But he has to try. He'll never forgive himself if he doesn't at least try. So he looks around for any witness, but everyone's busy dealing with other patients. This little boy was written off as a lost cause. Robert is the only hope left to him.

He places his hands on the boy, on his chest and his forehead, and delves deep into himself. He sends the power into the boy, trying to heal his insides first—superficial healing will mean nothing if he keeps bleeding internally. The organs re-knit, and the muscles, and Robert keeps sending the power. He's panting by the time the kid's heart beats on its own, and he collapses when the ribs realign. The kid will be fine if he gets immediate attention, so Robert yells, "Here!" and then lets himself black out.


Robert wakes in a hospital bed three days later. One of the nurses pages House; Cameron and Foreman come with him. The first question Robert asks, as House limps in, is "The kid?"

House just stares at him, but Cameron says, "He'll be fine."

Robert breathes a sigh of relief and closes his eyes, still exhausted.

"Don't even think about going back to sleep," House tells him, limping closer.

"Sorry," Robert whispers, unable to stay awake.


The yellow-eyed man is in his dream again, this time Mum's funeral. He sits next to Robert and says, "You did good, kiddo. That boy'll live a nice long life 'cause of you."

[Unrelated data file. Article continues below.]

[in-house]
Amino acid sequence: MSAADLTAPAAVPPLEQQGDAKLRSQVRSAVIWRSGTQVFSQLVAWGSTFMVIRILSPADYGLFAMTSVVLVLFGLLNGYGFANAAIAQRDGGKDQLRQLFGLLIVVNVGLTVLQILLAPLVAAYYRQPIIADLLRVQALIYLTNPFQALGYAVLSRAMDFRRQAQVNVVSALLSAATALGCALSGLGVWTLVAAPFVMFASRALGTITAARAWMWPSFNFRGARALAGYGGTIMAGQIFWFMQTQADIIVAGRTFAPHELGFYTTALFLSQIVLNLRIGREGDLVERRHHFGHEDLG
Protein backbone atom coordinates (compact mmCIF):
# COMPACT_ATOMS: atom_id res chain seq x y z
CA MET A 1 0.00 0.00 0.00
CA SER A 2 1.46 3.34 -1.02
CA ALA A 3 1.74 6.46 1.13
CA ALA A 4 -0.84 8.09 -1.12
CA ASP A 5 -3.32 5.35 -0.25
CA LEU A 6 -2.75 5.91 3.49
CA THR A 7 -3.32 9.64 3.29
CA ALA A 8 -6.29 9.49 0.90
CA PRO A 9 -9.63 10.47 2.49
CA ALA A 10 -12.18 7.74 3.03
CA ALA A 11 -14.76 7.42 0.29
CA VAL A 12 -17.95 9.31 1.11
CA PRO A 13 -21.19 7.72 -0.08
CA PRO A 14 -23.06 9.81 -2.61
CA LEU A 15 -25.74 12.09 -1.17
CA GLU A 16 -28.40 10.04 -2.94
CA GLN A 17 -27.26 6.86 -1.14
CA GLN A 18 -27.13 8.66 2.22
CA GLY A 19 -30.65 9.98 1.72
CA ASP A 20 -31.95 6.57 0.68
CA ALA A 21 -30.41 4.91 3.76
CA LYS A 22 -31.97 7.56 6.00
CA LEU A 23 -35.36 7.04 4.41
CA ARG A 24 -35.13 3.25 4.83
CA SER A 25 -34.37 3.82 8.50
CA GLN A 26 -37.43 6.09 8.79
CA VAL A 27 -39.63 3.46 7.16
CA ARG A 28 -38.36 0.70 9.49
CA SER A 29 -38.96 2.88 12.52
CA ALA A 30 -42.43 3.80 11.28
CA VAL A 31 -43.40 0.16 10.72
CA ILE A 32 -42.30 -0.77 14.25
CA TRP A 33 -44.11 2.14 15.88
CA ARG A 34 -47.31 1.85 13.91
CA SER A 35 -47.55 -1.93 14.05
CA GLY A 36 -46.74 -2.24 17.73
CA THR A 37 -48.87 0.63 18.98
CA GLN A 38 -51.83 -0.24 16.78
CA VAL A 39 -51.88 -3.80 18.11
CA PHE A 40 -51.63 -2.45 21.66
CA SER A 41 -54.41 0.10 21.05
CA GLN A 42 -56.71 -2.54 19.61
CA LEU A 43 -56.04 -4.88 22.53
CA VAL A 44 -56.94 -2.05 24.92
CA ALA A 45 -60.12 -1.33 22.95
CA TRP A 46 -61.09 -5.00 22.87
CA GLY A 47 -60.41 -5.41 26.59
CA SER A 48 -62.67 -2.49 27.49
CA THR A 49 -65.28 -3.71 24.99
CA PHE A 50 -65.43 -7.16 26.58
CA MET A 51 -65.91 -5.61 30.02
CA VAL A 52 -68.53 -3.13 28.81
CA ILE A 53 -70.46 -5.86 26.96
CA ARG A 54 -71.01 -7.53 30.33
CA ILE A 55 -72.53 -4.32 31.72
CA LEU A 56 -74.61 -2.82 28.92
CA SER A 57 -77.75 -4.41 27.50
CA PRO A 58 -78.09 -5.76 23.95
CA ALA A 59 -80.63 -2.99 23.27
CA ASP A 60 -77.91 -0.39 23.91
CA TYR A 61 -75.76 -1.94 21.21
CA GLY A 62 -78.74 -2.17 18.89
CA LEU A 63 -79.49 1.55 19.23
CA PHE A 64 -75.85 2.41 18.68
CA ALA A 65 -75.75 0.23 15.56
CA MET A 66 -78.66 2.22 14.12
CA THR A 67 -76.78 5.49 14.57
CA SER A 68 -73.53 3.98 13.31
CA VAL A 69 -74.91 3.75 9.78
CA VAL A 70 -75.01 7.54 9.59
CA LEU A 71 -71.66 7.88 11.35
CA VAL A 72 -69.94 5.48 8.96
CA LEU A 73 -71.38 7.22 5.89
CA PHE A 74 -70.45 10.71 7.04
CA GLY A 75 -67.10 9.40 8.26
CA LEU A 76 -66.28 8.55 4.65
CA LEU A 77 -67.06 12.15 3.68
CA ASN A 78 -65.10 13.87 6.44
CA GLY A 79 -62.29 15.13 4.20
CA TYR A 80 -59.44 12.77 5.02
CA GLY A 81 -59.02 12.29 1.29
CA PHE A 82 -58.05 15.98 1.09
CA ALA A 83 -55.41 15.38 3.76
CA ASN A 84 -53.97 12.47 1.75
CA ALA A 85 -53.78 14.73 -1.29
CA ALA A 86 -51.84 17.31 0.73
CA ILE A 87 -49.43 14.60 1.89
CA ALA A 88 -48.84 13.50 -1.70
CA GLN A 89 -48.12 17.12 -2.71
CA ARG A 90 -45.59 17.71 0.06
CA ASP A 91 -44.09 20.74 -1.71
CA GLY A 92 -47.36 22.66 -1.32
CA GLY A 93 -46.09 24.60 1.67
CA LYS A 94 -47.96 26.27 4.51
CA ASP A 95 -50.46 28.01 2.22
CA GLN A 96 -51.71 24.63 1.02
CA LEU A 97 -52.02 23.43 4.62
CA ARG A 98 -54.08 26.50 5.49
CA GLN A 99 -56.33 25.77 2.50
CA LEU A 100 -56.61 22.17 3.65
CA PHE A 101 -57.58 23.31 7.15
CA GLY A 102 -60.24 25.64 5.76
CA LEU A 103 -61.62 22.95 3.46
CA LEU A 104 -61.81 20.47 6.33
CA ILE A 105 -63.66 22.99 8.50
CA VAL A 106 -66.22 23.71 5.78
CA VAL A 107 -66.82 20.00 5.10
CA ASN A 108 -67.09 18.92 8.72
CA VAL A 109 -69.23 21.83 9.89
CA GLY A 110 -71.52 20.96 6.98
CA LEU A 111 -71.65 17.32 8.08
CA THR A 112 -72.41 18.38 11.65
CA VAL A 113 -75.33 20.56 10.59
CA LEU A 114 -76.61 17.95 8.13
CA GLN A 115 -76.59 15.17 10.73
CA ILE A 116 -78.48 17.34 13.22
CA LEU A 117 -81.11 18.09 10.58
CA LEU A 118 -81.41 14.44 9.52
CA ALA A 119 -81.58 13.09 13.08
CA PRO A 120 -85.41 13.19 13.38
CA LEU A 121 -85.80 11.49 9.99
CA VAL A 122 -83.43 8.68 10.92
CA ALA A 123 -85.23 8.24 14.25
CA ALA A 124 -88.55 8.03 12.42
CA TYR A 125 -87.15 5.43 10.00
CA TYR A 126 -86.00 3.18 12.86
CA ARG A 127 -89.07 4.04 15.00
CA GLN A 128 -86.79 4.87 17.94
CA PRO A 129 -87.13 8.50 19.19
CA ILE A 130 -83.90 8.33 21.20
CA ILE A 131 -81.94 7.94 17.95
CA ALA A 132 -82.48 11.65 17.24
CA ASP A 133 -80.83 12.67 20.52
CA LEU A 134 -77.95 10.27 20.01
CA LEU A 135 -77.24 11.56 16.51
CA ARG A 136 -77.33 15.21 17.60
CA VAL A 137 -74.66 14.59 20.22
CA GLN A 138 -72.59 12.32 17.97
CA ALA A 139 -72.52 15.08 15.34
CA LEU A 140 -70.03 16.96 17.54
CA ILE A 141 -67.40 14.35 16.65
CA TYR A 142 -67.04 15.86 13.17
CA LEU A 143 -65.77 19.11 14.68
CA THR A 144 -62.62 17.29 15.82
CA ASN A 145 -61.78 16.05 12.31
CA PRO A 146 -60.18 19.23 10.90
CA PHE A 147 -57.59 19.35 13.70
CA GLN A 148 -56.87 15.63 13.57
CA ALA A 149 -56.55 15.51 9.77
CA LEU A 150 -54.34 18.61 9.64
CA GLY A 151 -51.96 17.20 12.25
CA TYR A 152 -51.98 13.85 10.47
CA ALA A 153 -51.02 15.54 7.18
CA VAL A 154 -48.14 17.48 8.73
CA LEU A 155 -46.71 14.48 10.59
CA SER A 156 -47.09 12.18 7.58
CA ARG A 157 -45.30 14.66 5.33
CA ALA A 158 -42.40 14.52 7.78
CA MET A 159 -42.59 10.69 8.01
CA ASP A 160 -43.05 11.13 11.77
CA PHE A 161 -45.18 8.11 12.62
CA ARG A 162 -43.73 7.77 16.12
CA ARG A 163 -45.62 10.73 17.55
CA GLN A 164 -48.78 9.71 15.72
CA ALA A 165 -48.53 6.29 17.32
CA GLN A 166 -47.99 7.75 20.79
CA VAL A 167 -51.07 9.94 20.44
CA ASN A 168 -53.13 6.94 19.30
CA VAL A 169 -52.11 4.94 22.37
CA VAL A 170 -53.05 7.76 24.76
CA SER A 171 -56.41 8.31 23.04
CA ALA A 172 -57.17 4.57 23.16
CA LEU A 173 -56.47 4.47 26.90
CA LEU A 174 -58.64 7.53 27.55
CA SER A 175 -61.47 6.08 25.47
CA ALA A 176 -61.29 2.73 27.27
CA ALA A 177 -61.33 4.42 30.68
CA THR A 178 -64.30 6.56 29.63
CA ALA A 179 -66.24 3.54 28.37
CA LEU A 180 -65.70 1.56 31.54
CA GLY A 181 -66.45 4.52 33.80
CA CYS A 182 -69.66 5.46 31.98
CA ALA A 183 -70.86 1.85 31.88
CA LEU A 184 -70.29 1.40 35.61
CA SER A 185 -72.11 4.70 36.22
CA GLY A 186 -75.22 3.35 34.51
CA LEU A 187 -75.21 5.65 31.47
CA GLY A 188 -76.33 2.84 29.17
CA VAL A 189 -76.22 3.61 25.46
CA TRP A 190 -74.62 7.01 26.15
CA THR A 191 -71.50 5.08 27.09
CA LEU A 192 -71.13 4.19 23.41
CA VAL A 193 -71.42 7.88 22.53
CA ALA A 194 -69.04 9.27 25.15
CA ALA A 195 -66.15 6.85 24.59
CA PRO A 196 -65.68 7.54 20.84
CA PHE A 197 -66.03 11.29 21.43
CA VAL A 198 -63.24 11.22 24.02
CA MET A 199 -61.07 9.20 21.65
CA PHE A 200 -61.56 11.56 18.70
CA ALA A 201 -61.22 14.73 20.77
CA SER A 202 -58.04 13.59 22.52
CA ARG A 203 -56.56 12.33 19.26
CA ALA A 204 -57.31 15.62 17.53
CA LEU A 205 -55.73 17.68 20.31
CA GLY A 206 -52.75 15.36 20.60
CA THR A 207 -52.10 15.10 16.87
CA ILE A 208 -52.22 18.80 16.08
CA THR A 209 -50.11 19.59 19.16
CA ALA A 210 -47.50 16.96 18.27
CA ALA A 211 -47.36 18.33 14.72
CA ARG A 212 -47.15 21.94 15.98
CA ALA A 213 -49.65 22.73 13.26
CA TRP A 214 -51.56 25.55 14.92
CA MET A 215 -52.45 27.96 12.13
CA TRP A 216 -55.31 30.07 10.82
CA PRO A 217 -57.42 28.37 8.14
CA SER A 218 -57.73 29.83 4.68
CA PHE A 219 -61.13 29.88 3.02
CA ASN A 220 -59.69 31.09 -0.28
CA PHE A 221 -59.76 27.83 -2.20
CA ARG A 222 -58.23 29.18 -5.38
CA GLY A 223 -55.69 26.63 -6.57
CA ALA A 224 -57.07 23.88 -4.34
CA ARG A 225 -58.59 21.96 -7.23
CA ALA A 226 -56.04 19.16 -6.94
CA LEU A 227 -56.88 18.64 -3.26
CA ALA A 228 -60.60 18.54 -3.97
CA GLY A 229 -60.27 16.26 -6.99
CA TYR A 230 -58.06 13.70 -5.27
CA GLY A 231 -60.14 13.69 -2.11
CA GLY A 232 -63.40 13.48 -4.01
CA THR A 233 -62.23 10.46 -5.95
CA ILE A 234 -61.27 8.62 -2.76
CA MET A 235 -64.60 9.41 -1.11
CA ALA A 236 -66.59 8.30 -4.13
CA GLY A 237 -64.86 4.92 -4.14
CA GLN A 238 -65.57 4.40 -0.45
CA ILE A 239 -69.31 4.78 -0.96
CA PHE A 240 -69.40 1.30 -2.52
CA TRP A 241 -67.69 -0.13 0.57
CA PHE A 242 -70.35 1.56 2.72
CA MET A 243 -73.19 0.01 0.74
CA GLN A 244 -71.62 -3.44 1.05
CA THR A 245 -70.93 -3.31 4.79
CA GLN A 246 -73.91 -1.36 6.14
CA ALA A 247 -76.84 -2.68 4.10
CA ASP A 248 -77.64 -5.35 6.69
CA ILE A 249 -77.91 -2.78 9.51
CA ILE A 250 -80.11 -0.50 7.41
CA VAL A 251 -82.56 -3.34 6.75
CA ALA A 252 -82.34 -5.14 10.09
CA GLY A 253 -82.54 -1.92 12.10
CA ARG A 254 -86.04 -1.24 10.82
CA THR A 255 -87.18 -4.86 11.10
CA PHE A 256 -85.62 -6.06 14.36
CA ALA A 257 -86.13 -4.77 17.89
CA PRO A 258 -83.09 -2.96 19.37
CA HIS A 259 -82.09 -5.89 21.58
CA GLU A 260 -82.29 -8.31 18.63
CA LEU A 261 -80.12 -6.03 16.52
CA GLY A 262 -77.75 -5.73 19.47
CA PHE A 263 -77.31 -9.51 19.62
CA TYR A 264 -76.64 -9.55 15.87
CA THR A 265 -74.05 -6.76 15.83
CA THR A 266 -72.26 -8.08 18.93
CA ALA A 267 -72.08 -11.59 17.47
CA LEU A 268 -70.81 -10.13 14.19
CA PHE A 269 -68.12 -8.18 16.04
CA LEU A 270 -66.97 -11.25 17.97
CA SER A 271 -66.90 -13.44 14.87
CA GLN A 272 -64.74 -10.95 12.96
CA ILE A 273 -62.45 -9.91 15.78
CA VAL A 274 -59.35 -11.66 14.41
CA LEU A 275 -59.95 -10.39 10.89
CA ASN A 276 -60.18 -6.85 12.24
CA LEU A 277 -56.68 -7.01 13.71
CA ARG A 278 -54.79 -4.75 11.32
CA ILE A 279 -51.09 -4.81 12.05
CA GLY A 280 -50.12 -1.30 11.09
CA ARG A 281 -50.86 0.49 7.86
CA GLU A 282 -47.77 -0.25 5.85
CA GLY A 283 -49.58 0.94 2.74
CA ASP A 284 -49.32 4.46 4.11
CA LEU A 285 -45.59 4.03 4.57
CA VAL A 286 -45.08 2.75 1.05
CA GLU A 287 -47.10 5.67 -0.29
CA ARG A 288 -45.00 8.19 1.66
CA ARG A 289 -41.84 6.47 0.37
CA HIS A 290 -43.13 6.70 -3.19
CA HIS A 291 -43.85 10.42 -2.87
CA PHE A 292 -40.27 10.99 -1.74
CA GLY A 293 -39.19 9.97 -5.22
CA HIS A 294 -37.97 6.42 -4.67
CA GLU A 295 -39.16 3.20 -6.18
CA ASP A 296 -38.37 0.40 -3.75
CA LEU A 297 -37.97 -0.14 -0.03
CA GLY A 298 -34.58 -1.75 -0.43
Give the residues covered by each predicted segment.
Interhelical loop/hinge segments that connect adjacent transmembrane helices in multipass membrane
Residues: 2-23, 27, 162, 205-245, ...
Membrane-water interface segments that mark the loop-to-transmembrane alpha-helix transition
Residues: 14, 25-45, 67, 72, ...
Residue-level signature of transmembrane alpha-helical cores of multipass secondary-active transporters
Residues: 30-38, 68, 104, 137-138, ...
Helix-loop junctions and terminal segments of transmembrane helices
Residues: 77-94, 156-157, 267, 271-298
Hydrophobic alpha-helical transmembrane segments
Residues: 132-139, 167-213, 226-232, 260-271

"Who are you?" Robert asks, watching his younger self sob silently.

"Like I told you, Rob," the man murmurs, leaning close, "your best friend. Or worst nightmare. Entirely up to you."

The man pats his back and adds, "It'll get easier with practice and time. One day, you might even be able to raise the dead. That'll be cool, right?"

Robert shivers. "I'm not a god," he says. "Only God can do that."

The man chuckles. "That's where you're wrong, kiddo." He leans even further in, putting his mouth right by Robert's ear. "You're not a god yet."


Robert wakes again only hours later, feeling better than he has since his power first manifested.

"That boy was dead," House says from the bedside chair. His blue eyes pin Robert in place. "He was dead when they brought him in." House stands, hands tight on his cane. "That is interesting, don't you think?"

Robert shivers, unable to meet House's gaze. "That must have been an incorrect diagnosis," he offers, voice shaky.